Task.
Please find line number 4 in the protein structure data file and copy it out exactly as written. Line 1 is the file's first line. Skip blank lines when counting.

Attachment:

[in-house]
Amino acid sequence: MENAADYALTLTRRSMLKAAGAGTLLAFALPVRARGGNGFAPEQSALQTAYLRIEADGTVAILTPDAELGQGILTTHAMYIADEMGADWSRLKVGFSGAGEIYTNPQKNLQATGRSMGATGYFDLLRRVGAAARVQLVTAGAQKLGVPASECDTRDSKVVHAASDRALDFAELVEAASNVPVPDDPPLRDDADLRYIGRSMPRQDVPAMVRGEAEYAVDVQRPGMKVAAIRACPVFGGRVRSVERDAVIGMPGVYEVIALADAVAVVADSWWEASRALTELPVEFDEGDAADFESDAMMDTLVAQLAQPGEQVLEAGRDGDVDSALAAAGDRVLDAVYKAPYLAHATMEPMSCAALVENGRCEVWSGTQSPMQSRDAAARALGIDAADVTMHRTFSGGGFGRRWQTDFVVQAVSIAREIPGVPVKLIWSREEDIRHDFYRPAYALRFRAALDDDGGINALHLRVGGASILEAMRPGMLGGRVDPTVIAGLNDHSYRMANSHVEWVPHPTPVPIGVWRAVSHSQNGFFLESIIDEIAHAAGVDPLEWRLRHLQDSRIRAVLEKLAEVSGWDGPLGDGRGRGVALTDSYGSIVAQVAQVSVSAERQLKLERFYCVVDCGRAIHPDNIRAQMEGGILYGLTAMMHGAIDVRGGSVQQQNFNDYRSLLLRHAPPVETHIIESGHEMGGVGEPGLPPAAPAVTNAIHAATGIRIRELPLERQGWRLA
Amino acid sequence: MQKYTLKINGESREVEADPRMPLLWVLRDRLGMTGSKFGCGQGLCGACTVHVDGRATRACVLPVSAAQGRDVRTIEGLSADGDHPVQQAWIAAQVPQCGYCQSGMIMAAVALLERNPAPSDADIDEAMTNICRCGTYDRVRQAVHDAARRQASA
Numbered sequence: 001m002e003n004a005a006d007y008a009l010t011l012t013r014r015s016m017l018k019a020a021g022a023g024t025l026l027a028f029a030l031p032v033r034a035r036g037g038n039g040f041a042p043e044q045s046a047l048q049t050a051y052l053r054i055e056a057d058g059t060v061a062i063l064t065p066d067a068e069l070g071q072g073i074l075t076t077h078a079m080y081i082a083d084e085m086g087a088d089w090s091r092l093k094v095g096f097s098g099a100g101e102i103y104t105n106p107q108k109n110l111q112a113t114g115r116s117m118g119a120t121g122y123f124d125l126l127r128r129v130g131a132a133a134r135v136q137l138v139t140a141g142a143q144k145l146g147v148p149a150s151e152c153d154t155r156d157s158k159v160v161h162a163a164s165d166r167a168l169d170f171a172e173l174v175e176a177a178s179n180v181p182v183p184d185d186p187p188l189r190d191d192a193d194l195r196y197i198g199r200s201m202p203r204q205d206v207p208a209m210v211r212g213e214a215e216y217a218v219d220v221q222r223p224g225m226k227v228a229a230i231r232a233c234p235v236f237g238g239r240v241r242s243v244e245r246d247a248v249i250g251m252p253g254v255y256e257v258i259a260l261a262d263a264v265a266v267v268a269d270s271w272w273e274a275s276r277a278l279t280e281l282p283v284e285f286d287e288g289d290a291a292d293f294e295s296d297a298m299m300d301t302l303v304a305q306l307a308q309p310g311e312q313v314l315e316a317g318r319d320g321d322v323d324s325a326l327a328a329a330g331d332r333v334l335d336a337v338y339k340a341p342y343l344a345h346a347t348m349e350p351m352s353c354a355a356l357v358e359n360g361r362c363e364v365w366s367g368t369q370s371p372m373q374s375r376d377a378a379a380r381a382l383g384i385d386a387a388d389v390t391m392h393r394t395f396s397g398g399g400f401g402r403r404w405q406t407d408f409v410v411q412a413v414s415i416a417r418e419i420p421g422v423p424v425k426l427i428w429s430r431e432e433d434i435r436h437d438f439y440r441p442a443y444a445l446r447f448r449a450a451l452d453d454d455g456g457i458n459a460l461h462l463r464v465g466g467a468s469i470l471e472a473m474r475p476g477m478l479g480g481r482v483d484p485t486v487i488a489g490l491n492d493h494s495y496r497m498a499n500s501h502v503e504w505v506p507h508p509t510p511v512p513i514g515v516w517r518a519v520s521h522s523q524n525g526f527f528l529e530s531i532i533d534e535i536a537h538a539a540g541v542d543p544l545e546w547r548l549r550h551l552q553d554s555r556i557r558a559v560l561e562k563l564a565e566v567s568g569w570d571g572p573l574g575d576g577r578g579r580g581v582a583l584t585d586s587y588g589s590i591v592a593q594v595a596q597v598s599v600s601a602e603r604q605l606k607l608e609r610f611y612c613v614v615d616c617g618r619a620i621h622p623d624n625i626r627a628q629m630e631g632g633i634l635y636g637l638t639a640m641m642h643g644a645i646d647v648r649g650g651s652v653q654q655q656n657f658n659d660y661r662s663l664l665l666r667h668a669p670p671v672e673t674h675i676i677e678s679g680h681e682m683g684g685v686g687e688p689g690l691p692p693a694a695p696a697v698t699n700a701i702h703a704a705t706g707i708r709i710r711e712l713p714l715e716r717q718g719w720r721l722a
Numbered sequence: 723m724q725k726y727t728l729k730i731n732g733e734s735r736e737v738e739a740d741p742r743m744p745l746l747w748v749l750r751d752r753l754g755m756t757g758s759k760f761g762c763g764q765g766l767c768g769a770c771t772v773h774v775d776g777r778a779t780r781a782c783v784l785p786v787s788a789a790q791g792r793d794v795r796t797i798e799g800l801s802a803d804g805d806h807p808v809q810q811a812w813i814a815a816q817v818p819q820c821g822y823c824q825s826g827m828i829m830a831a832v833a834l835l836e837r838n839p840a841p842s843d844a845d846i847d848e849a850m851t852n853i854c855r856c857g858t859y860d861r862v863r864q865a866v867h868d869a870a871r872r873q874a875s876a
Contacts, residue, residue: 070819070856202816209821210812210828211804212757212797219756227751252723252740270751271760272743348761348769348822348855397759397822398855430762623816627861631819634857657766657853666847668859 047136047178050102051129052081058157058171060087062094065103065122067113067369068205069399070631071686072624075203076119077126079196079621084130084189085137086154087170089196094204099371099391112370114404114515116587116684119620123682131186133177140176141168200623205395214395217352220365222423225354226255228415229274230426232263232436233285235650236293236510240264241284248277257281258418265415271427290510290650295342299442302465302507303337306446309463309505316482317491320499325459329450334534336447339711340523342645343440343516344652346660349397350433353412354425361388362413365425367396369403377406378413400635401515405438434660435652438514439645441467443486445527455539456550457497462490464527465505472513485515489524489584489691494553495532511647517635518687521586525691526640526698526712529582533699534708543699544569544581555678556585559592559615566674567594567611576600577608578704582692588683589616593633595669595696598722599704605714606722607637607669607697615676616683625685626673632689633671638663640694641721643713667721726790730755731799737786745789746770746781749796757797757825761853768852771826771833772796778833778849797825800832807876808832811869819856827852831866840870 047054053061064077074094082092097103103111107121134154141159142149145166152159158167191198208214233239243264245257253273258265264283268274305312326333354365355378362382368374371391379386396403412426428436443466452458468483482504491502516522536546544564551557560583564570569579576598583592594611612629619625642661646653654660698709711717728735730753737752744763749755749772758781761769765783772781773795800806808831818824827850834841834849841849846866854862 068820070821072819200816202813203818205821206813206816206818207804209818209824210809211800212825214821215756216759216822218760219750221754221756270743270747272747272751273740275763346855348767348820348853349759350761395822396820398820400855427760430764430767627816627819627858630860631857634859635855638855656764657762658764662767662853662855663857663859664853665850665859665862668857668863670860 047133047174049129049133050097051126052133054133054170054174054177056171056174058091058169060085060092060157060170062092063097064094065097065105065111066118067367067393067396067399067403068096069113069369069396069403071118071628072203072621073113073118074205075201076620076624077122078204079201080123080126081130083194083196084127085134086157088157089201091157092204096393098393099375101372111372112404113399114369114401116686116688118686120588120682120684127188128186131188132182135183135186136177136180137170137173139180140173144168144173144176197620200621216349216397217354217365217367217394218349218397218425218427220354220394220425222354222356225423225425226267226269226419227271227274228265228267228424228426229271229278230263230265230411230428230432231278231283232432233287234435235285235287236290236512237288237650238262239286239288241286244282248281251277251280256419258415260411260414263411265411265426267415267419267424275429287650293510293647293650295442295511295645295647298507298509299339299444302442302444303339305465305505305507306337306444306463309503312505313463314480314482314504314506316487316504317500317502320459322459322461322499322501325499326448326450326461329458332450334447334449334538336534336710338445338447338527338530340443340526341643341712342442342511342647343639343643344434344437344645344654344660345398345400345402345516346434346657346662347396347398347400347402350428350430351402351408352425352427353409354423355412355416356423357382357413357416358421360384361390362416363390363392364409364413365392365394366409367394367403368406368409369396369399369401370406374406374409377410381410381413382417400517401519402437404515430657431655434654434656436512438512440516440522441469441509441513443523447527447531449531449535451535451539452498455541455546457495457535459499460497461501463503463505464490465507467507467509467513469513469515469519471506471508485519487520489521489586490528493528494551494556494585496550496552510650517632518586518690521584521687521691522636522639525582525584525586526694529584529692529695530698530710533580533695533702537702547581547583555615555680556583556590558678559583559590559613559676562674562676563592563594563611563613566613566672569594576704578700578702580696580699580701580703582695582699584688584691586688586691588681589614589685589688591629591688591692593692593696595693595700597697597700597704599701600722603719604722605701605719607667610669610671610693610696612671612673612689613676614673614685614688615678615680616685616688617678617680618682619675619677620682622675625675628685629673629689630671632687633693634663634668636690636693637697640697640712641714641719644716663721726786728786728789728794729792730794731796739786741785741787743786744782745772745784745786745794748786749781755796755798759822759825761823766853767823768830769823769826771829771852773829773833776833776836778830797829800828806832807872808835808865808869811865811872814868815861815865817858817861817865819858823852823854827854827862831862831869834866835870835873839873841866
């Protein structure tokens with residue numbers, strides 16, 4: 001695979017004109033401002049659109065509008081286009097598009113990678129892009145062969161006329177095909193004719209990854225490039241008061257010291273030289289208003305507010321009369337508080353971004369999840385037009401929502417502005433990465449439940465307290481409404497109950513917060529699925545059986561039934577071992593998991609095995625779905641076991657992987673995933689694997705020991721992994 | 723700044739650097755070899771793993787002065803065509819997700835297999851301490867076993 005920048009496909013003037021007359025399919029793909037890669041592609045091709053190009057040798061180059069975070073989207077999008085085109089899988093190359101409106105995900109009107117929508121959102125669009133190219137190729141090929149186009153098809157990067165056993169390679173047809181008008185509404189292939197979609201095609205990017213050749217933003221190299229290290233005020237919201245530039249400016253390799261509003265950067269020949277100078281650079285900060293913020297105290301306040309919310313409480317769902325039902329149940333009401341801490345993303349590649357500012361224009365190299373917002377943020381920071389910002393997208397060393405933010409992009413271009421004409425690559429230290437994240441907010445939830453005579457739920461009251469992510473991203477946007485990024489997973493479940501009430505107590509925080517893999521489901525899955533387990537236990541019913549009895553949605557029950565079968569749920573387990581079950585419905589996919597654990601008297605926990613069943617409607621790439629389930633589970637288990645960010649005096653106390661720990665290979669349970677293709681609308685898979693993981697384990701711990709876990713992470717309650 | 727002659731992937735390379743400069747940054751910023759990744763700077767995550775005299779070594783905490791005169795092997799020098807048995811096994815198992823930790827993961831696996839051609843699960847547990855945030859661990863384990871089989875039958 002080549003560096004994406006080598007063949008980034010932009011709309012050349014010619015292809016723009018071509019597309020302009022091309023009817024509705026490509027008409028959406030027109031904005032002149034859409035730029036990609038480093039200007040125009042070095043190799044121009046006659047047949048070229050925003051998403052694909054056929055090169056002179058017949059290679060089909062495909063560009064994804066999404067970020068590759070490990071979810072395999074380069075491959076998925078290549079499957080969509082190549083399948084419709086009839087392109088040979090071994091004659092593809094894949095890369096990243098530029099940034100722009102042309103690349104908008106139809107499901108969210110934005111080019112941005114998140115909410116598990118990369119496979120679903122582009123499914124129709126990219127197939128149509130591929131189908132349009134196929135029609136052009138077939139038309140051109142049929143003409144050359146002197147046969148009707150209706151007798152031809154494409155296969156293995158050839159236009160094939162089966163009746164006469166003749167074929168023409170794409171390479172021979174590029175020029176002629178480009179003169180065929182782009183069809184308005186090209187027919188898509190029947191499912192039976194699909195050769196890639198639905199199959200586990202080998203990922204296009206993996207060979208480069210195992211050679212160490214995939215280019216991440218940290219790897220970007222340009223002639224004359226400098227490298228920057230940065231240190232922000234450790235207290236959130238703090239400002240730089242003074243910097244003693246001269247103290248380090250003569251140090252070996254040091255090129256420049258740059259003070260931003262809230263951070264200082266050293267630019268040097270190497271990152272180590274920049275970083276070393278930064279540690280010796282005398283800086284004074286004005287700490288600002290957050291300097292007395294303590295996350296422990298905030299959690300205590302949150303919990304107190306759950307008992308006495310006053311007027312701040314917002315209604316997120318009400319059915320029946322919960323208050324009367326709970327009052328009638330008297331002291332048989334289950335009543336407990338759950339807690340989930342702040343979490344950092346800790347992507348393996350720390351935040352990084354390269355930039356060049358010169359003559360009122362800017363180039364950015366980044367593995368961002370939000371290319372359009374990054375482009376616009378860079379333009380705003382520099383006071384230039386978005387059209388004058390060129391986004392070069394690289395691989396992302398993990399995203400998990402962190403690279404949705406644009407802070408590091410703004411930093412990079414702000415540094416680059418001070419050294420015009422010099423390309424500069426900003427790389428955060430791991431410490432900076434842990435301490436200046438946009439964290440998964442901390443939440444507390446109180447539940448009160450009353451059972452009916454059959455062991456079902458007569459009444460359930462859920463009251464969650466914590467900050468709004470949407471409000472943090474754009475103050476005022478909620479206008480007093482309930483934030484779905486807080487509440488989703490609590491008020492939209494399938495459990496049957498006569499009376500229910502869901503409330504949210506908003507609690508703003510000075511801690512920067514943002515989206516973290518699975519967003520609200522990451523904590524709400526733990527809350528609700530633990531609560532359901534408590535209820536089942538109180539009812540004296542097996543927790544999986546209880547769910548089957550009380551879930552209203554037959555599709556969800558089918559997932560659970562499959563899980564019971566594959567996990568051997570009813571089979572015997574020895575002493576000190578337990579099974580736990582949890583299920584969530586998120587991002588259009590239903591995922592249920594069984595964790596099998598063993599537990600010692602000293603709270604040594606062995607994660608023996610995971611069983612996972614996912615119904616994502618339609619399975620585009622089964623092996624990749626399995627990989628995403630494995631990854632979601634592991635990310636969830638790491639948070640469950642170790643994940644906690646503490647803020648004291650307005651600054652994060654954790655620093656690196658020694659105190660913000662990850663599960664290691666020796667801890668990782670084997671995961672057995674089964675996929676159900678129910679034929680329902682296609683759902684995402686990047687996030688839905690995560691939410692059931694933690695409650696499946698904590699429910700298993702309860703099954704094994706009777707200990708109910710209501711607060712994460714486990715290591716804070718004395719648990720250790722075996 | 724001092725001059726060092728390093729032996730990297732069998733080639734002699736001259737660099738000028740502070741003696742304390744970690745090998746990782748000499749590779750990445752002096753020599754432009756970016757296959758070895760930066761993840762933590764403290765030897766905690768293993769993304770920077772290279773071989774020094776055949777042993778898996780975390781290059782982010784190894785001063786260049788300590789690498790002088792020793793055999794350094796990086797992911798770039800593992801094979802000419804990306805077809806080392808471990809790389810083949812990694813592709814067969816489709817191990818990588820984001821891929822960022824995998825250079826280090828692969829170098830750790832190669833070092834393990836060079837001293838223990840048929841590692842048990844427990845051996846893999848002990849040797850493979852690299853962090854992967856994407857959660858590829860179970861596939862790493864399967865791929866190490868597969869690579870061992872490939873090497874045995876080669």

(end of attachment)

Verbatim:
Numbered sequence: 001m002e003n004a005a006d007y008a009l010t011l012t013r014r015s016m017l018k019a020a021g022a023g024t025l026l027a028f029a030l031p032v033r034a035r036g037g038n039g040f041a042p043e044q045s046a047l048q049t050a051y052l053r054i055e056a057d058g059t060v061a062i063l064t065p066d067a068e069l070g071q072g073i074l075t076t077h078a079m080y081i082a083d084e085m086g087a088d089w090s091r092l093k094v095g096f097s098g099a100g101e102i103y104t105n106p107q108k109n110l111q112a113t114g115r116s117m118g119a120t121g122y123f124d125l126l127r128r129v130g131a132a133a134r135v136q137l138v139t140a141g142a143q144k145l146g147v148p149a150s151e152c153d154t155r156d157s158k159v160v161h162a163a164s165d166r167a168l169d170f171a172e173l174v175e176a177a178s179n180v181p182v183p184d185d186p187p188l189r190d191d192a193d194l195r196y197i198g199r200s201m202p203r204q205d206v207p208a209m210v211r212g213e214a215e216y217a218v219d220v221q222r223p224g225m226k227v228a229a230i231r232a233c234p235v236f237g238g239r240v241r242s243v244e245r246d247a248v249i250g251m252p253g254v255y256e257v258i259a260l261a262d263a264v265a266v267v268a269d270s271w272w273e274a275s276r277a278l279t280e281l282p283v284e285f286d287e288g289d290a291a292d293f294e295s296d297a298m299m300d301t302l303v304a305q306l307a308q309p310g311e312q313v314l315e316a317g318r319d320g321d322v323d324s325a326l327a328a329a330g331d332r333v334l335d336a337v338y339k340a341p342y343l344a345h346a347t348m349e350p351m352s353c354a355a356l357v358e359n360g361r362c363e364v365w366s367g368t369q370s371p372m373q374s375r376d377a378a379a380r381a382l383g384i385d386a387a388d389v390t391m392h393r394t395f396s397g398g399g400f401g402r403r404w405q406t407d408f409v410v411q412a413v414s415i416a417r418e419i420p421g422v423p424v425k426l427i428w429s430r431e432e433d434i435r436h437d438f439y440r441p442a443y444a445l446r447f448r449a450a451l452d453d454d455g456g457i458n459a460l461h462l463r464v465g466g467a468s469i470l471e472a473m474r475p476g477m478l479g480g481r482v483d484p485t486v487i488a489g490l491n492d493h494s495y496r497m498a499n500s501h502v503e504w505v506p507h508p509t510p511v512p513i514g515v516w517r518a519v520s521h522s523q524n525g526f527f528l529e530s531i532i533d534e535i536a537h538a539a540g541v542d543p544l545e546w547r548l549r550h551l552q553d554s555r556i557r558a559v560l561e562k563l564a565e566v567s568g569w570d571g572p573l574g575d576g577r578g579r580g581v582a583l584t585d586s587y588g589s590i591v592a593q594v595a596q597v598s599v600s601a602e603r604q605l606k607l608e609r610f611y612c613v614v615d616c617g618r619a620i621h622p623d624n625i626r627a628q629m630e631g632g633i634l635y636g637l638t639a640m641m642h643g644a645i646d647v648r649g650g651s652v653q654q655q656n657f658n659d660y661r662s663l664l665l666r667h668a669p670p671v672e673t674h675i676i677e678s679g680h681e682m683g684g685v686g687e688p689g690l691p692p693a694a695p696a697v698t699n700a701i702h703a704a705t706g707i708r709i710r711e712l713p714l715e716r717q718g719w720r721l722a